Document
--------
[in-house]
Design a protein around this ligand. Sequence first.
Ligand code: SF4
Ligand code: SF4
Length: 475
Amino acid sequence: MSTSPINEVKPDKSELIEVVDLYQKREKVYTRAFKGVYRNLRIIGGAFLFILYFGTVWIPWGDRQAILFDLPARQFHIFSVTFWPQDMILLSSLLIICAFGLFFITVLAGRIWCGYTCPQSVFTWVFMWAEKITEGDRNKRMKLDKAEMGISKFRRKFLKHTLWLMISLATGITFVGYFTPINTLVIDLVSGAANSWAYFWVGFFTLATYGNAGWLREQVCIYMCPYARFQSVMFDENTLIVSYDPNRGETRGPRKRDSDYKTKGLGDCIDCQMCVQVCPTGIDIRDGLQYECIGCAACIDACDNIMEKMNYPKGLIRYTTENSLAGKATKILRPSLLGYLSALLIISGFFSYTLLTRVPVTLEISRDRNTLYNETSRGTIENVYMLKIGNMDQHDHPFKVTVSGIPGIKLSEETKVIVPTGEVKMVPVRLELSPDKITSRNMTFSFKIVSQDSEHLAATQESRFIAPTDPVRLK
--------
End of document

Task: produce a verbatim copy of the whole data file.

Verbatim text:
[in-house]
Design a protein around this ligand. Sequence first.
Ligand code: SF4
Ligand code: SF4
Length: 475
Amino acid sequence: MSTSPINEVKPDKSELIEVVDLYQKREKVYTRAFKGVYRNLRIIGGAFLFILYFGTVWIPWGDRQAILFDLPARQFHIFSVTFWPQDMILLSSLLIICAFGLFFITVLAGRIWCGYTCPQSVFTWVFMWAEKITEGDRNKRMKLDKAEMGISKFRRKFLKHTLWLMISLATGITFVGYFTPINTLVIDLVSGAANSWAYFWVGFFTLATYGNAGWLREQVCIYMCPYARFQSVMFDENTLIVSYDPNRGETRGPRKRDSDYKTKGLGDCIDCQMCVQVCPTGIDIRDGLQYECIGCAACIDACDNIMEKMNYPKGLIRYTTENSLAGKATKILRPSLLGYLSALLIISGFFSYTLLTRVPVTLEISRDRNTLYNETSRGTIENVYMLKIGNMDQHDHPFKVTVSGIPGIKLSEETKVIVPTGEVKMVPVRLELSPDKITSRNMTFSFKIVSQDSEHLAATQESRFIAPTDPVRLK